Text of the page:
This is the a version of the sermon I preached on Sunday, September 20, 2020 at Broken Bow United Methodist Church. It’s part of a chapter-by-chapter series on Mark’s gospel, the goal of which is to get to know, love, and follow Jesus more fully in our daily lives.
It’s based on Mark 7:24-30.
On February 24, 1791, about a week before he died, John Wesley wrote a letter to William Wilberforce that included this message:
I see not how you can go through your glorious enterprise in opposing that execrable villainy which is the scandal of religion, of England, and of human nature. Unless God has raised you up for this very thing, you will be worn out by the opposition of men and devils. But if God be for you, who can be against you? Are all of them together stronger than God? O be not weary of well doing! Go on, in the name of God and in the power of his might, till even American slavery (the vilest that ever saw the sun) shall vanish away before it.John Wesley’s letter to William Wilberforce, February 24, 1791
Wesley is the founder of the Methodist movement in England, and Wilberforce was a prominent British politician, and obviously, both were passionate about the “glorious enterprise” of ending both the slave trade and the institution of slavery altogether. According to theologian NT Wright, many early 18th Century Christians believed slavery was “evil and would eventually stop, but not many wanted to do it just yet” (Matthew for Everyone, 201). Perhaps they thought it would just end naturally on its own. Yet, that someday vision was not enough for Wesley or Wilberforce. For them, God had revealed through scripture that God’s kingdom had no place for slavery or the subjugation of people based on ethnicity. This was their hope, their God-given vision of the fullness of God’s kingdom that was not present yet, but that God was most assuredly creating.
This definition of hope is central to our passage from Mark 7 today, so let’s repeat it.
Hope is the vision of God’s kingdom that is not fully realized, but that we’re sure will come to be by God’s grace.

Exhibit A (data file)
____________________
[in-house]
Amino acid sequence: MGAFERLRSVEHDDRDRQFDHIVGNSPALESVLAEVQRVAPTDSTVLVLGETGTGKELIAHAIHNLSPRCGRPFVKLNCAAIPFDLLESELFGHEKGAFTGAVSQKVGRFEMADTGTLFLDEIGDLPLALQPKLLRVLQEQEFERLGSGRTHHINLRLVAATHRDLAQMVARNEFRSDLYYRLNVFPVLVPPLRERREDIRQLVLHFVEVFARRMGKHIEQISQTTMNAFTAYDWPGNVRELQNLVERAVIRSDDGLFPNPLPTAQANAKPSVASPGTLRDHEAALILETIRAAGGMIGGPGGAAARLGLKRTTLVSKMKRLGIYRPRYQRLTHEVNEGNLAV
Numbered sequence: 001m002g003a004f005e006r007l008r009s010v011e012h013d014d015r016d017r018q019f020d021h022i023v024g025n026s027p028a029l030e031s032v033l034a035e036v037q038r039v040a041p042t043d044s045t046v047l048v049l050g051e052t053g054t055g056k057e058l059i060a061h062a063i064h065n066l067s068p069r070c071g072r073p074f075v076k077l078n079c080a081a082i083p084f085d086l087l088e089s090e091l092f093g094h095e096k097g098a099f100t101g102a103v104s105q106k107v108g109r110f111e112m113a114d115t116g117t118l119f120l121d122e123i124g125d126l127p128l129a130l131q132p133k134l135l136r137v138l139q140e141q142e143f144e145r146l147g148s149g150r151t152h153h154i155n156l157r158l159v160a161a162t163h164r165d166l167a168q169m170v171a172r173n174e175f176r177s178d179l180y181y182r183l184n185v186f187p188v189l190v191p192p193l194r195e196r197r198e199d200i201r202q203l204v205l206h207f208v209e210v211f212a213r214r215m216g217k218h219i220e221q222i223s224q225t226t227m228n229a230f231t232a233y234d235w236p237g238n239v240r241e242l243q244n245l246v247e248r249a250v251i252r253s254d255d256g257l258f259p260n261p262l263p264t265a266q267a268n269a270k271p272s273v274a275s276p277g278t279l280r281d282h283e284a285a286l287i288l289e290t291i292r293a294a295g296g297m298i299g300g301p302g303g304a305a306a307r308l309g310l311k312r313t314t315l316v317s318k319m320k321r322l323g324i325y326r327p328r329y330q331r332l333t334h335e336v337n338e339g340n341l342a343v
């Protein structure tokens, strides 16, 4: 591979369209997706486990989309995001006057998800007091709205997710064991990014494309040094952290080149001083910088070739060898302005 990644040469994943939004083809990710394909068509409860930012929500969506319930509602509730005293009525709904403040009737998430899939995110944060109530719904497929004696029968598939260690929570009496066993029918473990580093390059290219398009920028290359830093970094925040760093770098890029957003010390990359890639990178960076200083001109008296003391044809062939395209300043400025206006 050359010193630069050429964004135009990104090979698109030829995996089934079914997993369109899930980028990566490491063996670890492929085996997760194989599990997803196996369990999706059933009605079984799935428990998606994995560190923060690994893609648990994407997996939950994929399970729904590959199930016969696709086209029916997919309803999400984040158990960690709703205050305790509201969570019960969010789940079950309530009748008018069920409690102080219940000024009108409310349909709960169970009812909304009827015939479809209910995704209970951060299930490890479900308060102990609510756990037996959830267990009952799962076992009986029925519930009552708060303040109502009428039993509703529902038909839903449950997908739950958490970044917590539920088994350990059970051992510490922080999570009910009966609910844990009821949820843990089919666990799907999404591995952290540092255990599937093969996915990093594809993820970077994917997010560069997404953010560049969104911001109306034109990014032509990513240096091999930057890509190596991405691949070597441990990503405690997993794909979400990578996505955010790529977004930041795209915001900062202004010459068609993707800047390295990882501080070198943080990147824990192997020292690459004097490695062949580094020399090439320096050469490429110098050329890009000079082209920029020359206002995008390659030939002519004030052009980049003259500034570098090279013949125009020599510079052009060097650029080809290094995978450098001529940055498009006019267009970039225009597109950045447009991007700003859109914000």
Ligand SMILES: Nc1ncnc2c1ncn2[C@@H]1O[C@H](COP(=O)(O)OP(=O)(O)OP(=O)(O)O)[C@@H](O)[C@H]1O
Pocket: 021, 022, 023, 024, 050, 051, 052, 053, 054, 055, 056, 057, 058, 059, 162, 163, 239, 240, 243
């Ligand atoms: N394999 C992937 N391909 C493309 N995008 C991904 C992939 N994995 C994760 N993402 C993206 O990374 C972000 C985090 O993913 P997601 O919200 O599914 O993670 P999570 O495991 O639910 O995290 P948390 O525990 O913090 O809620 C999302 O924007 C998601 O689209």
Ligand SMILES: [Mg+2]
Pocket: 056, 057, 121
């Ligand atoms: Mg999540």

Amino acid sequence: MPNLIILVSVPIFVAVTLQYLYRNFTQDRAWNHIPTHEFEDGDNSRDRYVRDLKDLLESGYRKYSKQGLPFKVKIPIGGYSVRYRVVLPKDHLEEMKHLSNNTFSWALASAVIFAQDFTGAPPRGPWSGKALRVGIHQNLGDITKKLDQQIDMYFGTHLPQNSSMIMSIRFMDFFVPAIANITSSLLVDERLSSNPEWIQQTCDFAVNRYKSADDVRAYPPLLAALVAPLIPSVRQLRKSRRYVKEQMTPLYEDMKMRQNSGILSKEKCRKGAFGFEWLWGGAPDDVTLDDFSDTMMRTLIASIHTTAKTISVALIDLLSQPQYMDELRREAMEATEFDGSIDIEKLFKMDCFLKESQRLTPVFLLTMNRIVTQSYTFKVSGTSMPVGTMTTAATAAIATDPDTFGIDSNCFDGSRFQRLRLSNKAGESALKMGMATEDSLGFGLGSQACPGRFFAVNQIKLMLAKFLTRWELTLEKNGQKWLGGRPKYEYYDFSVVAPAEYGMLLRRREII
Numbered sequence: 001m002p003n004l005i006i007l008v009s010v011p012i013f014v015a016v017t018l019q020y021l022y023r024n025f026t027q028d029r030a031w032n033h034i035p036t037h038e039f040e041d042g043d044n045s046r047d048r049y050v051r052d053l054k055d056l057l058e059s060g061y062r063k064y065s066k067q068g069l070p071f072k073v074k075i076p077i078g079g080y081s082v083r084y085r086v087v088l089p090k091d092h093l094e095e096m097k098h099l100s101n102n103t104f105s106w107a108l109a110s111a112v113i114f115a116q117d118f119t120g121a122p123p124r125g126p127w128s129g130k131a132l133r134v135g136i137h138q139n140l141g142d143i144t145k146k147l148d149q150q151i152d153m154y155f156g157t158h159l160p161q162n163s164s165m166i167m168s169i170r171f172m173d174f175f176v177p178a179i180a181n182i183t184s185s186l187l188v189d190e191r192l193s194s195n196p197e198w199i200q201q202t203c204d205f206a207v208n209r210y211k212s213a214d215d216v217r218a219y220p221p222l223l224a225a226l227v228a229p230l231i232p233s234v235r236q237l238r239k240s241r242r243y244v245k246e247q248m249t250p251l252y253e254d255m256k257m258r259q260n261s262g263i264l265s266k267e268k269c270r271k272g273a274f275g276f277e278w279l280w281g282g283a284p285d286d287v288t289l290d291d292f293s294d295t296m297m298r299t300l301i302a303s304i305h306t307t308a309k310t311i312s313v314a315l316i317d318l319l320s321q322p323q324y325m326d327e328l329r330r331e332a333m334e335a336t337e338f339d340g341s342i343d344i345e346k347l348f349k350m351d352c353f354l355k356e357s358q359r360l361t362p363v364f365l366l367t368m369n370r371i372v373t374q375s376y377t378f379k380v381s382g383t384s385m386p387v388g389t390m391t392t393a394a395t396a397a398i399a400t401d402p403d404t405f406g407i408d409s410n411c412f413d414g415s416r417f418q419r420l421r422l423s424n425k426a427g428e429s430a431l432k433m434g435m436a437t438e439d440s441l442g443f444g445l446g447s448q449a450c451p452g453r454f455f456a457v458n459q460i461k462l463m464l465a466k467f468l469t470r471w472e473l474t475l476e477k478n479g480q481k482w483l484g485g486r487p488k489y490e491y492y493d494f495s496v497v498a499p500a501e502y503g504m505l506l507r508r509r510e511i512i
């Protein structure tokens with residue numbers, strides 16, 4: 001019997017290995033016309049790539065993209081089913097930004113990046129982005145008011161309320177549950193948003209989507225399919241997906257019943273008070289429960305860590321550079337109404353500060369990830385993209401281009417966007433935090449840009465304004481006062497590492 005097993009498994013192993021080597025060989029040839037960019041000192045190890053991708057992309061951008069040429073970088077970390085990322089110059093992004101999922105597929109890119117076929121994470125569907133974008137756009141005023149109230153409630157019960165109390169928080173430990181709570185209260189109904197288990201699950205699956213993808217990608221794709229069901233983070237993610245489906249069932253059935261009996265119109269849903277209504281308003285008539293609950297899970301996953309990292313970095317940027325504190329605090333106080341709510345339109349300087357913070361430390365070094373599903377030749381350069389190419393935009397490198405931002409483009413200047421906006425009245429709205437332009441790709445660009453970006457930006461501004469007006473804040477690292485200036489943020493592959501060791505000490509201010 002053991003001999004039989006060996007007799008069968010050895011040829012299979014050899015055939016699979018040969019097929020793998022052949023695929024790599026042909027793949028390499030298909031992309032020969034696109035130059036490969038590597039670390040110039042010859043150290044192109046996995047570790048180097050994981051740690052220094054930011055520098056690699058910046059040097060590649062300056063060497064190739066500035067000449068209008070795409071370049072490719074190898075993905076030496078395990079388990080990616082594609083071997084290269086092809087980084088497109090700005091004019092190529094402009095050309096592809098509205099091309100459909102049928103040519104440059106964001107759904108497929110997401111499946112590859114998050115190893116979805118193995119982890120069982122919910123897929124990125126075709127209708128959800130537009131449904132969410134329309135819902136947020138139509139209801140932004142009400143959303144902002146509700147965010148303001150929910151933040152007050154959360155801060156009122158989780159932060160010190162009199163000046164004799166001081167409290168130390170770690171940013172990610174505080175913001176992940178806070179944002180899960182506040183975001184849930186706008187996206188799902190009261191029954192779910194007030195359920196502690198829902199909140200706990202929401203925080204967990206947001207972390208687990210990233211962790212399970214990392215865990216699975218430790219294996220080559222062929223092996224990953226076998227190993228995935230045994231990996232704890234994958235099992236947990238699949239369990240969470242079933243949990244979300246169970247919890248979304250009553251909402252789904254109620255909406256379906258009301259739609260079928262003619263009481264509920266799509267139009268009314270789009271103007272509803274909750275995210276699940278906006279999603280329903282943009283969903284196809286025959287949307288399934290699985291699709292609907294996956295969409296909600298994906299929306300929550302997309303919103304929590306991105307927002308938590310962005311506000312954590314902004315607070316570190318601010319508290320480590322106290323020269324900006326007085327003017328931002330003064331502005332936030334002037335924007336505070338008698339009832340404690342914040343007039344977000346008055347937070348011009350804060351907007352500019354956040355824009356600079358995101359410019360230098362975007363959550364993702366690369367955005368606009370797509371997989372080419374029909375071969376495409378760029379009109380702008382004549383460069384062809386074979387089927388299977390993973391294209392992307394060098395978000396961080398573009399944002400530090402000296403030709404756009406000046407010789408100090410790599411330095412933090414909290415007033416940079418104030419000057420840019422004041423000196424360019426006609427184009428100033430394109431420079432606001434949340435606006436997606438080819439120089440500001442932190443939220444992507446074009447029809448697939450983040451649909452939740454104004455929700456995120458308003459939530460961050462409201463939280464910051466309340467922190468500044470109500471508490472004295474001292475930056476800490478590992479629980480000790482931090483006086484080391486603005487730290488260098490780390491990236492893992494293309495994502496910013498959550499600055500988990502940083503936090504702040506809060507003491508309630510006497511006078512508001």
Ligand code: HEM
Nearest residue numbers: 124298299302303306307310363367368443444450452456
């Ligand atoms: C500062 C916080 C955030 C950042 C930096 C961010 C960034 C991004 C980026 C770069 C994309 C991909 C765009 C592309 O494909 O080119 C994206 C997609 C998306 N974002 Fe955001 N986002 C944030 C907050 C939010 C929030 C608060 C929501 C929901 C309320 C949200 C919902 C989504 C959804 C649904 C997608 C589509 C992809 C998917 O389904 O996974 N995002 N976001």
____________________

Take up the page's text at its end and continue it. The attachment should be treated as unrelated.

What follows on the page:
Now, let’s keep this definition of hope in mind as we explore today’s passage.
As we’ve seen in other chapters of Mark, Jesus has experienced a mixed response to his teaching and healing ministry throughout the northern region of Israel, called the Galilee. The people, except for those in his hometown, love him. He heals the sick, he feeds multitudes, he casts out demons, and his disciples do likewise. As Mark 7 ends, we hear that they think, “[Jesus] does everything well!” (v. 37). But the Jewish religious leaders are not so impressed. For the second time, Pharisees and legal experts come up from Jerusalem – the seat of Jewish faith – to check out Jesus. They’re looking for something to criticize. And, as when we’re looking to criticize someone, they find it: his disciples aren’t observing the traditional ceremonial washing practices. Jesus addresses their critique with an argument that leaves them silent and shamed. The main point of his argument is that all the laws (some scriptural and some traditional) about being clean or unclean because of something external are not valid. Having said this, he quickly gets out of town. As he’s frequently done in Mark, he seeks to get away from the crowds – presumably to rest, pray, and refocus. And so he goes to the region of Tyre, about 35 miles north of Capernaum on the Mediterranean coast.